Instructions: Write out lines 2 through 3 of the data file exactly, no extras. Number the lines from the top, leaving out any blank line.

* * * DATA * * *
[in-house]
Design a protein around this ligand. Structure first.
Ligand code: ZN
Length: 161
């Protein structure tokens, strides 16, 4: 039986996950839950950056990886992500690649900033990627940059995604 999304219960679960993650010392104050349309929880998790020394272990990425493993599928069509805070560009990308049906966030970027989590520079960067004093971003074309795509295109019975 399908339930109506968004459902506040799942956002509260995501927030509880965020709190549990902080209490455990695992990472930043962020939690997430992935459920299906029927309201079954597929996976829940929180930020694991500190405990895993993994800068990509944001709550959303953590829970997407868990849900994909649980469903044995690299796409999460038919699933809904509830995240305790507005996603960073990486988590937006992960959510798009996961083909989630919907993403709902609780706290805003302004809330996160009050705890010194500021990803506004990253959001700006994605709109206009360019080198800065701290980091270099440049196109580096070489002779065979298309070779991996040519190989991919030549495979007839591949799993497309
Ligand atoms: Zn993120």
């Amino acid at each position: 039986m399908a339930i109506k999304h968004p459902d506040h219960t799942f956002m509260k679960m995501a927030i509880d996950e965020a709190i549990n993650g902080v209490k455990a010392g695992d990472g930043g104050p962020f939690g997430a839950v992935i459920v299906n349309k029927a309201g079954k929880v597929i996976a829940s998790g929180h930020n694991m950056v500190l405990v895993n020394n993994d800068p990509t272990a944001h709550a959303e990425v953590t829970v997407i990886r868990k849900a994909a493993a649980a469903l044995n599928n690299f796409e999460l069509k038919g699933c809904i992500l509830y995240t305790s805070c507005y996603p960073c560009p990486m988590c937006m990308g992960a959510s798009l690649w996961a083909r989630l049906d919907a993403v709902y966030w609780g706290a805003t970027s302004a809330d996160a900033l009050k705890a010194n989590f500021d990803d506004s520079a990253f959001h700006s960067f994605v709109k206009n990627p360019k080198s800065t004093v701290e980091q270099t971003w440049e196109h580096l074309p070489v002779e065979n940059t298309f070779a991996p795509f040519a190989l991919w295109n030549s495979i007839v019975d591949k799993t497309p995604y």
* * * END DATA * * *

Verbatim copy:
Design a protein around this ligand. Structure first.
Ligand code: ZN